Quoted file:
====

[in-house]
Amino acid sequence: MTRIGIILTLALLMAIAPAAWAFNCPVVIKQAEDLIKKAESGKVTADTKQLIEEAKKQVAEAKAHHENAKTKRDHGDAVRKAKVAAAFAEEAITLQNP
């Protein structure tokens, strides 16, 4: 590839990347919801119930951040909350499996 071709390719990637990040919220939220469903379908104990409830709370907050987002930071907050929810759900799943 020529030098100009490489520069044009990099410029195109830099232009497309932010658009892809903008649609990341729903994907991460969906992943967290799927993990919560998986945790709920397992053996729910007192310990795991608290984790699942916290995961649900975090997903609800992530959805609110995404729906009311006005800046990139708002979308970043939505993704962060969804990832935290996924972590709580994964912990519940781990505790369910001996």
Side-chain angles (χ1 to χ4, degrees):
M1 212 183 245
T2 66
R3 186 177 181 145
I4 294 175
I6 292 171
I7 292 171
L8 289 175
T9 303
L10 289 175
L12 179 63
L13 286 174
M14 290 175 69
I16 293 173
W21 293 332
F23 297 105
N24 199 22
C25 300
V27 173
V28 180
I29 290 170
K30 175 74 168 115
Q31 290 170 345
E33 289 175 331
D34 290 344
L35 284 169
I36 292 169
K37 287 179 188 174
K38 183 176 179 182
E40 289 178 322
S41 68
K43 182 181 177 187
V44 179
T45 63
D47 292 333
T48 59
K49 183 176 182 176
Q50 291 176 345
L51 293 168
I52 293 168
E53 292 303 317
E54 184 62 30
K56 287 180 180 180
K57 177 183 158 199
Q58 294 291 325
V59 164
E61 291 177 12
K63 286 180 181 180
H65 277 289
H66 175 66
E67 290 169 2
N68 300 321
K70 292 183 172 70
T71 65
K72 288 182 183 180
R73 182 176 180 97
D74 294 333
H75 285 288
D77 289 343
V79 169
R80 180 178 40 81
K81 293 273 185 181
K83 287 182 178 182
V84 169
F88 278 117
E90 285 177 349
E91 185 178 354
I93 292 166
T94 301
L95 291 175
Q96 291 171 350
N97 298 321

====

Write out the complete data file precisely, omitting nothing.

[in-house]
Amino acid sequence: MTRIGIILTLALLMAIAPAAWAFNCPVVIKQAEDLIKKAESGKVTADTKQLIEEAKKQVAEAKAHHENAKTKRDHGDAVRKAKVAAAFAEEAITLQNP
């Protein structure tokens, strides 16, 4: 590839990347919801119930951040909350499996 071709390719990637990040919220939220469903379908104990409830709370907050987002930071907050929810759900799943 020529030098100009490489520069044009990099410029195109830099232009497309932010658009892809903008649609990341729903994907991460969906992943967290799927993990919560998986945790709920397992053996729910007192310990795991608290984790699942916290995961649900975090997903609800992530959805609110995404729906009311006005800046990139708002979308970043939505993704962060969804990832935290996924972590709580994964912990519940781990505790369910001996």
Side-chain angles (χ1 to χ4, degrees):
M1 212 183 245
T2 66
R3 186 177 181 145
I4 294 175
I6 292 171
I7 292 171
L8 289 175
T9 303
L10 289 175
L12 179 63
L13 286 174
M14 290 175 69
I16 293 173
W21 293 332
F23 297 105
N24 199 22
C25 300
V27 173
V28 180
I29 290 170
K30 175 74 168 115
Q31 290 170 345
E33 289 175 331
D34 290 344
L35 284 169
I36 292 169
K37 287 179 188 174
K38 183 176 179 182
E40 289 178 322
S41 68
K43 182 181 177 187
V44 179
T45 63
D47 292 333
T48 59
K49 183 176 182 176
Q50 291 176 345
L51 293 168
I52 293 168
E53 292 303 317
E54 184 62 30
K56 287 180 180 180
K57 177 183 158 199
Q58 294 291 325
V59 164
E61 291 177 12
K63 286 180 181 180
H65 277 289
H66 175 66
E67 290 169 2
N68 300 321
K70 292 183 172 70
T71 65
K72 288 182 183 180
R73 182 176 180 97
D74 294 333
H75 285 288
D77 289 343
V79 169
R80 180 178 40 81
K81 293 273 185 181
K83 287 182 178 182
V84 169
F88 278 117
E90 285 177 349
E91 185 178 354
I93 292 166
T94 301
L95 291 175
Q96 291 171 350
N97 298 321